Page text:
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19 Jan, 2022 14:44

Study casts doubt on effectiveness of Covid testing at schools

Low performance of antigen tests makes it difficult to evaluate the real scale of Omicron spread in schools
Study casts doubt on effectiveness of Covid testing at schools

Rapid Covid-19 tests have demonstrated low effectiveness in detecting the virus in children, a team of British and German researchers has said, casting doubt on school testing programs.

Scientists from the University of Manchester and Germany’s Institute for Quality and Efficiency in Health Care analyzed 17 studies published between January 2020 and May 2021, involving 6,355 children who used eight antigen tests from six different brands. 

According to the report, published by the BMJ medical journal, the lateral flow antigen tests used to detect coronavirus in children do not meet the minimum standards set by the World Health Organization and UK and US regulators.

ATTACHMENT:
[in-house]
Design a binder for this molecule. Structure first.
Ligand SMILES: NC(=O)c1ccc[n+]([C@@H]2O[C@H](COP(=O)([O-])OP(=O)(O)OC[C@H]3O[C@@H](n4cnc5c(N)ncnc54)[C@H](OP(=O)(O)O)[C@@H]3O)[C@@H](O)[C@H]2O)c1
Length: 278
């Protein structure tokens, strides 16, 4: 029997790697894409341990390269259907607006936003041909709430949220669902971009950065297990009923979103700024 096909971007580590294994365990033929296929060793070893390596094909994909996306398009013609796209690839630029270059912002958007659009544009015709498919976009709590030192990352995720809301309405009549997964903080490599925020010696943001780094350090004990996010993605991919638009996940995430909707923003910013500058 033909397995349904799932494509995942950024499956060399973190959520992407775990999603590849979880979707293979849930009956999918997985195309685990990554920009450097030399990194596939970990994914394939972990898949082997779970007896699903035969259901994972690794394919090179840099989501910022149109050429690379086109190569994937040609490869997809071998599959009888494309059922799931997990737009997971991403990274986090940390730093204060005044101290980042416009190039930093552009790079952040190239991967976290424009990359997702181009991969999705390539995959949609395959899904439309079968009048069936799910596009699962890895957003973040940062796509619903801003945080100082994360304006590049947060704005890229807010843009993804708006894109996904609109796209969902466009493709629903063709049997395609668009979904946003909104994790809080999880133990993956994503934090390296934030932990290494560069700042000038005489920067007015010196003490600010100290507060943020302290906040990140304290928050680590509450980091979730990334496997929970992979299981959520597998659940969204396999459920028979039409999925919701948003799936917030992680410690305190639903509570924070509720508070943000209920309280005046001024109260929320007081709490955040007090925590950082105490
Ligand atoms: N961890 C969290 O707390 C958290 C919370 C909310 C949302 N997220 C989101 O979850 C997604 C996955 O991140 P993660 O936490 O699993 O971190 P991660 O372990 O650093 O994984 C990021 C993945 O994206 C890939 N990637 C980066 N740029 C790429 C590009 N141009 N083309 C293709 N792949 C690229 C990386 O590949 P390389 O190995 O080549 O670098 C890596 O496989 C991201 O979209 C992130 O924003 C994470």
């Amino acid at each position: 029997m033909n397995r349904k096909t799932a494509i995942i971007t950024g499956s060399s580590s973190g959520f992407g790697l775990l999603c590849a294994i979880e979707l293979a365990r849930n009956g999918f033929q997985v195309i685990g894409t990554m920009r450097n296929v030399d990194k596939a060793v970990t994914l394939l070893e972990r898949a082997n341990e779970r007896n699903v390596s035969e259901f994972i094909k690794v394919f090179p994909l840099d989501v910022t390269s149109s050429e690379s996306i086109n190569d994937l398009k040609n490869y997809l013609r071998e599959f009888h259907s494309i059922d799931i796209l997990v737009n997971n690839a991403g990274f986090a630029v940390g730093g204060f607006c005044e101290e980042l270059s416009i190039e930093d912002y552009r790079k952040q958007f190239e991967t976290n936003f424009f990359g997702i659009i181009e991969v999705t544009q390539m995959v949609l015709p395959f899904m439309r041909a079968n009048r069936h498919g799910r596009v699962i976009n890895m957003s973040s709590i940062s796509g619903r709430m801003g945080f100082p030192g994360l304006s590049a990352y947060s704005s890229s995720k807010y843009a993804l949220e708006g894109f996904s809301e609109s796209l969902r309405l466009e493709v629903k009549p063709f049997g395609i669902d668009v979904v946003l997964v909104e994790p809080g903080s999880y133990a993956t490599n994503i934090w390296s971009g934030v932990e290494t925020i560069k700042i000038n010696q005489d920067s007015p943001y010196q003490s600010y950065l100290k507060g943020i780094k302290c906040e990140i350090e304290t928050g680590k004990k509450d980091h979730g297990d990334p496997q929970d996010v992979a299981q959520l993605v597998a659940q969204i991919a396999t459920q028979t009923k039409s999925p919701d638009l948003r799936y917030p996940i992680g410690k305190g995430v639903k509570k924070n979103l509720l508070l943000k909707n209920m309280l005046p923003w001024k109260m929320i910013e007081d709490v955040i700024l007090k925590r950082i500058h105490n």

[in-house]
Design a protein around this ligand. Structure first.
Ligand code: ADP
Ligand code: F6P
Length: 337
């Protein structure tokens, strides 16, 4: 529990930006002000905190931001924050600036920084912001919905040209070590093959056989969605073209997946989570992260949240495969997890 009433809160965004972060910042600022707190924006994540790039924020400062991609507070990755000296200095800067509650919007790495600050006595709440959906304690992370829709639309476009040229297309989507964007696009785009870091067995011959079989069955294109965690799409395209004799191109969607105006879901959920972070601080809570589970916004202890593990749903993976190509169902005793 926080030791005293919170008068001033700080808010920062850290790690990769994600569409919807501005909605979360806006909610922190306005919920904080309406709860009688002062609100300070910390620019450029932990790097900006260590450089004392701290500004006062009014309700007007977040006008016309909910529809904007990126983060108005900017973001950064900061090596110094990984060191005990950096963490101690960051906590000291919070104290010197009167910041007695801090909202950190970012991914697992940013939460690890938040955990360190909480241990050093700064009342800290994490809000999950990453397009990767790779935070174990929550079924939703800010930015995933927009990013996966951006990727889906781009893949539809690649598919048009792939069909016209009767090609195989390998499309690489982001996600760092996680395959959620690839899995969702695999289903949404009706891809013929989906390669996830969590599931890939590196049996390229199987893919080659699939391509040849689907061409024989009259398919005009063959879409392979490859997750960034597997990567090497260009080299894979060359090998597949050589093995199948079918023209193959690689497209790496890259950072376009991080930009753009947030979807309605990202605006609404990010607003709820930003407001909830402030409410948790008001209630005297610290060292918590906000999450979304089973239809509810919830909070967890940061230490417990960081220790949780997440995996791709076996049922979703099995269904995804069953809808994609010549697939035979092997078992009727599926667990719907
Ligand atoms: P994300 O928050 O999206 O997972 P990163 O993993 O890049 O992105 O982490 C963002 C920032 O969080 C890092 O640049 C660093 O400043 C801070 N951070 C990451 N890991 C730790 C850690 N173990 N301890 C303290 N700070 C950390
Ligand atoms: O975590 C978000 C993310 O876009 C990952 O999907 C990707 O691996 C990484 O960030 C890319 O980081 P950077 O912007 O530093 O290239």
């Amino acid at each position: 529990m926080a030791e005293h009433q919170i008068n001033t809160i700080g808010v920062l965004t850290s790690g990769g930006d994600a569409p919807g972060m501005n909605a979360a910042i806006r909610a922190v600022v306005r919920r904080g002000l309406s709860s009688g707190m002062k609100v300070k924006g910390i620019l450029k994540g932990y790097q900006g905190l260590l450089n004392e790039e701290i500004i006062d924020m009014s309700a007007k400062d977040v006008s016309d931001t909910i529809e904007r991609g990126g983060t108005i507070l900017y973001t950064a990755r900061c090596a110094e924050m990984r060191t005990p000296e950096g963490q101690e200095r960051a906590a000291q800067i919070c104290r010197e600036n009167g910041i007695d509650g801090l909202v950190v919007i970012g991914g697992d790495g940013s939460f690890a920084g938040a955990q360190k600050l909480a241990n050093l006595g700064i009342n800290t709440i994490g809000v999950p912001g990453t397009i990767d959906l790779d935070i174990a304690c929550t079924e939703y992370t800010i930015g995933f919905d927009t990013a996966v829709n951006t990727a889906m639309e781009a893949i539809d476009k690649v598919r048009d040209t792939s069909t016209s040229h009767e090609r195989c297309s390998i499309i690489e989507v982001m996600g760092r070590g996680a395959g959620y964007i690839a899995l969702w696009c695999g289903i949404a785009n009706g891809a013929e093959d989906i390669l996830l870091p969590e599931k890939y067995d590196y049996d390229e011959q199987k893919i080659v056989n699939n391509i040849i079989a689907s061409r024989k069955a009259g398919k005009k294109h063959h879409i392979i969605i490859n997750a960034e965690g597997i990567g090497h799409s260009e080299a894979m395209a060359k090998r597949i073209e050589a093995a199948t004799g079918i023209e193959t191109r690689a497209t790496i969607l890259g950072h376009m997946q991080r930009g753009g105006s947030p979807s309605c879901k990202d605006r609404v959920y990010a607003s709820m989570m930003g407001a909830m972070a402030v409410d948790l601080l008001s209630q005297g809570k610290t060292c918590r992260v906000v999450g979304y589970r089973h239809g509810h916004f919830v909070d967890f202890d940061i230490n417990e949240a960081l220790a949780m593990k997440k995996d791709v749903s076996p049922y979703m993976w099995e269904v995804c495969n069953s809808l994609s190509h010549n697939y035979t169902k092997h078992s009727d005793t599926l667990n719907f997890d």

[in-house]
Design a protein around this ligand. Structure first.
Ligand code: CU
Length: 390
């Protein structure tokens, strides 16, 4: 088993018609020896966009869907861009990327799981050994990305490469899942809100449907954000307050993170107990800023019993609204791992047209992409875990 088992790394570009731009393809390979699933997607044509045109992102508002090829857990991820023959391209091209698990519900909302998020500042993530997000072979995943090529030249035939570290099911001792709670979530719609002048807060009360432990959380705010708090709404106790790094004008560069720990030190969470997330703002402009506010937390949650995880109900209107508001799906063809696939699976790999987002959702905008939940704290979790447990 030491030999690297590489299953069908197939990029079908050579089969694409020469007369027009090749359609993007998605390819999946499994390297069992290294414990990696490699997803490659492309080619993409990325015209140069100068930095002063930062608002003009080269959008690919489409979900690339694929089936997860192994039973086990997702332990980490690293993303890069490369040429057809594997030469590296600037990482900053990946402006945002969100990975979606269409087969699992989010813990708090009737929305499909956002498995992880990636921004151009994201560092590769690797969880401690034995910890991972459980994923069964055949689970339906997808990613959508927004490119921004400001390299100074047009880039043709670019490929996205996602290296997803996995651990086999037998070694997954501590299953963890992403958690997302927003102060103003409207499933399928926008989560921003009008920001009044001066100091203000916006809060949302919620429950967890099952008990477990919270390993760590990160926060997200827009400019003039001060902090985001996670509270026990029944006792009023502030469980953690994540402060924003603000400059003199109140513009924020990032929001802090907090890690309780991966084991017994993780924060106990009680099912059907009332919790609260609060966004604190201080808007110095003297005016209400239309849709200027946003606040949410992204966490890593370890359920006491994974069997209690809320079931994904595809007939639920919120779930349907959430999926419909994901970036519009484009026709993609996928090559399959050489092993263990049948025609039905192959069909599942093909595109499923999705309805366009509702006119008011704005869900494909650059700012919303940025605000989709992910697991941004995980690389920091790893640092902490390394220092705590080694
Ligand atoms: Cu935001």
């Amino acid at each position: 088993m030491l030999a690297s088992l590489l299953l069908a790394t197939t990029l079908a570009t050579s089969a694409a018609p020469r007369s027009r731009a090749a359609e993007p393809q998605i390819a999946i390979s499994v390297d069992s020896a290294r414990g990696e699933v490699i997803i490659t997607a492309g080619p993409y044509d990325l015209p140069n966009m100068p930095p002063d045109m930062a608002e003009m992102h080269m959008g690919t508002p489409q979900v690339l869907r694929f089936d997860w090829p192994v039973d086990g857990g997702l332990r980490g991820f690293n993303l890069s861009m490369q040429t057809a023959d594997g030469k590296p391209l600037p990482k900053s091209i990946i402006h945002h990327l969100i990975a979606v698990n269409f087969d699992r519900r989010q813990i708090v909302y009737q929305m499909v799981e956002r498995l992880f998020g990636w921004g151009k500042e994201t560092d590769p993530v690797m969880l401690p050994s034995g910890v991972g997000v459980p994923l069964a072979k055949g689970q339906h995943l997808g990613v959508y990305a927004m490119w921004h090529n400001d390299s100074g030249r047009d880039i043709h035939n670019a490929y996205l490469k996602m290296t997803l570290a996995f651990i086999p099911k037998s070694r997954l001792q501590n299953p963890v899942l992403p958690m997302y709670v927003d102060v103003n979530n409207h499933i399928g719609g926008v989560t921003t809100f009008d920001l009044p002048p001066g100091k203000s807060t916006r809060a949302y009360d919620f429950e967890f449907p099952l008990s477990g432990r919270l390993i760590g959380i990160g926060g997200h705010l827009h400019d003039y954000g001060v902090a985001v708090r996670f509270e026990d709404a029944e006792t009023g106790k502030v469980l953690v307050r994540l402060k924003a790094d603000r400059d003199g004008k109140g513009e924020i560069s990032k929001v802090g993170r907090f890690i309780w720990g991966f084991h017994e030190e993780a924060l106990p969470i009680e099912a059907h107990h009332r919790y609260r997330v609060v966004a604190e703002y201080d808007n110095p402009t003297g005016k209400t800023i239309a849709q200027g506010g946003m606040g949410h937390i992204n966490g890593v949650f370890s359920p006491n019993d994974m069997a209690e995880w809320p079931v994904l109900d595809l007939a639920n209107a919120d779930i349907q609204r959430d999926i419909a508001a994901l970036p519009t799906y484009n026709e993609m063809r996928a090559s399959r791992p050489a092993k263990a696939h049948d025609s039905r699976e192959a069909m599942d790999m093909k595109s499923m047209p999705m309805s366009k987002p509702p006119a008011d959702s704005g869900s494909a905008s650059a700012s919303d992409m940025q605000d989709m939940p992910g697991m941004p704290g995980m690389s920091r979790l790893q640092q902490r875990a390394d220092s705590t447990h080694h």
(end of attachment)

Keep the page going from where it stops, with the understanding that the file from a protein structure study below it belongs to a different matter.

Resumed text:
The scientists concluded that “overall diagnostic sensitivity and specificity in pediatric populations was 64.2%” (and 71.8% among children with symptoms) with no test having fully satisfied its minimum performance requirements.

The difference in test performance between symptomatic and asymptomatic child patients shows “that sensitivity and specificity are not inherent test characteristics,” the researchers said. They also noted that in almost all the studies testing was conducted by trained staff, and that sample collection by untrained people or self-testing would likely make the tests’ performance even worse.

The low effectiveness of the lateral flow tests inevitably evokes questions about the rationality of mass testing programs in schools. “The observed low diagnostic sensitivity may impact the planned purpose of the broad implementation of testing programmes,” the report reads.

The return to school after the winter holiday break has been marked by a mass spread of Omicron cases among children, especially in the countries where younger kids are not eligible for vaccination, such as the UK. Meanwhile, according to a recent study by the US Centers for Disease Control and Prevention, children aged 5–11 are “at least as likely” to be infected with Covid as adults, though in most cases they have much milder symptoms.